America restated its opposition to limiting greenhouse gas emissions during a conference of more than 100 countries searching for a global solution to climate change. According to the U.S. negotiator: “I certainly got no indication [from the Bush administration] that there’s any change in our position, nor is there likely to be during this presidency….”

AP via Yahoo!:

The two-day conference opened Monday on the eve of a U.S. election that could hand congressional power to Democrats who favor the caps. But any new bills would still face a veto by President Bush, who says the requirements would hamstring U.S. economic growth.

Scientists attribute the past century’s 1-degree rise in average global temperatures in part to the accumulation of carbon dioxide, methane and other greenhouse gases in the atmosphere — byproducts of power plants, automobiles and other fossil fuel-burning sources.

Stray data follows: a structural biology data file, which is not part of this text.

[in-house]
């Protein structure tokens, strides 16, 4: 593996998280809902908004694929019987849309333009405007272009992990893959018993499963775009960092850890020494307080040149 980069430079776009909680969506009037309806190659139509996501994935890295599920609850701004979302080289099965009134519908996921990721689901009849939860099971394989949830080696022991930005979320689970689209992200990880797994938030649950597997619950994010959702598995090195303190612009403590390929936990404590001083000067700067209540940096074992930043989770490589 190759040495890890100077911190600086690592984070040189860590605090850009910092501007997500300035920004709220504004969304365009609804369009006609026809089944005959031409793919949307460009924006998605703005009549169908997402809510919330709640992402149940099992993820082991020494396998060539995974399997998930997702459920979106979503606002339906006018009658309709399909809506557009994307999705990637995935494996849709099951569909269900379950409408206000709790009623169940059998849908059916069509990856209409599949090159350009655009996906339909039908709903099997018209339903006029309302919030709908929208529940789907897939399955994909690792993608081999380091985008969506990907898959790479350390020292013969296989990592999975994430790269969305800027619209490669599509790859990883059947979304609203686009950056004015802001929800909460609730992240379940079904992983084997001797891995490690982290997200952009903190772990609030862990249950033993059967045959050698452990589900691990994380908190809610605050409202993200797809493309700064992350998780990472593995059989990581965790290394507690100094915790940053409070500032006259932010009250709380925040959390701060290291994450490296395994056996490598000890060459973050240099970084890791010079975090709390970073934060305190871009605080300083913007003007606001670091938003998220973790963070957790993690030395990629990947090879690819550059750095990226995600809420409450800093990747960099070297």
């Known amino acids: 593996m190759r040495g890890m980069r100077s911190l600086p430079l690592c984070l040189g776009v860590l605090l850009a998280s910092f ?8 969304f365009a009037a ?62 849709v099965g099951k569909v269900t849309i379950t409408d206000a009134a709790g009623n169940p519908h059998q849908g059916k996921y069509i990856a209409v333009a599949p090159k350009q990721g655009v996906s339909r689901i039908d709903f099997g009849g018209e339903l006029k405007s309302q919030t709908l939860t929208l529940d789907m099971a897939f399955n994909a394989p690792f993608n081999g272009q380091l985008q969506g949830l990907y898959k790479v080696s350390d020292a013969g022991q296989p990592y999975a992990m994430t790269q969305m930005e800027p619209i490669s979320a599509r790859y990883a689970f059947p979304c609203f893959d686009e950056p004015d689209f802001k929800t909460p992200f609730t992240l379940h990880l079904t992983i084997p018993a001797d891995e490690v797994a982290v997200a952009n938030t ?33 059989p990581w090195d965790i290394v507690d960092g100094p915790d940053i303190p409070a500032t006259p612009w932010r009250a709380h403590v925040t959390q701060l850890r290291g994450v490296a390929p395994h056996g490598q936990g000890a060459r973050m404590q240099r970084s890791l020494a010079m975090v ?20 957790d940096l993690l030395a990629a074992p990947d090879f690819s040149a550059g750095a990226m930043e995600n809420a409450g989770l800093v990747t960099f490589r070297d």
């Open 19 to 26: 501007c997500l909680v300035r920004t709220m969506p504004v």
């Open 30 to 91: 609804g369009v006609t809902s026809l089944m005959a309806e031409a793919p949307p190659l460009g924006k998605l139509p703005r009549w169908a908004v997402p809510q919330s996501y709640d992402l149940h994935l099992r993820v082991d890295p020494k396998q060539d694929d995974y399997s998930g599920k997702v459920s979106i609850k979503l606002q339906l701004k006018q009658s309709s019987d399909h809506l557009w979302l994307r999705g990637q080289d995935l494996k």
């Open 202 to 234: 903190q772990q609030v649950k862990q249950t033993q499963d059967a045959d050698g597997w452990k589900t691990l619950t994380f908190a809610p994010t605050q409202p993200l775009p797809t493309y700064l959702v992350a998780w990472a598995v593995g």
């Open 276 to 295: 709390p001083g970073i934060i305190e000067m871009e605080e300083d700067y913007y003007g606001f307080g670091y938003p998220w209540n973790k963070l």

[U.S. negotiator Harlan] Watson said the U.S. is doing better at voluntarily restraining the growth of such gases than are some countries committed to reductions under the Kyoto Protocol, which expires in 2012.

“With few exceptions, you’re seeing those emissions rise again,” Watson said of countries bound by Kyoto.

Manik Roy, who monitors Congress for the Pew Center on Global Climate Change, a Washington research group, said the world “shouldn’t just give up on the United States until 2008,” when Bush’s term is over.

“There is a huge amount of change going on in Congress at this time” on climate issues, he said.


Your support matters…

Independent journalism is under threat and overshadowed by heavily funded mainstream media.

You can help level the playing field. Become a member.

Your tax-deductible contribution keeps us digging beneath the headlines to give you thought-provoking, investigative reporting and analysis that unearths what's really happening- without compromise.

Give today to support our courageous, independent journalists.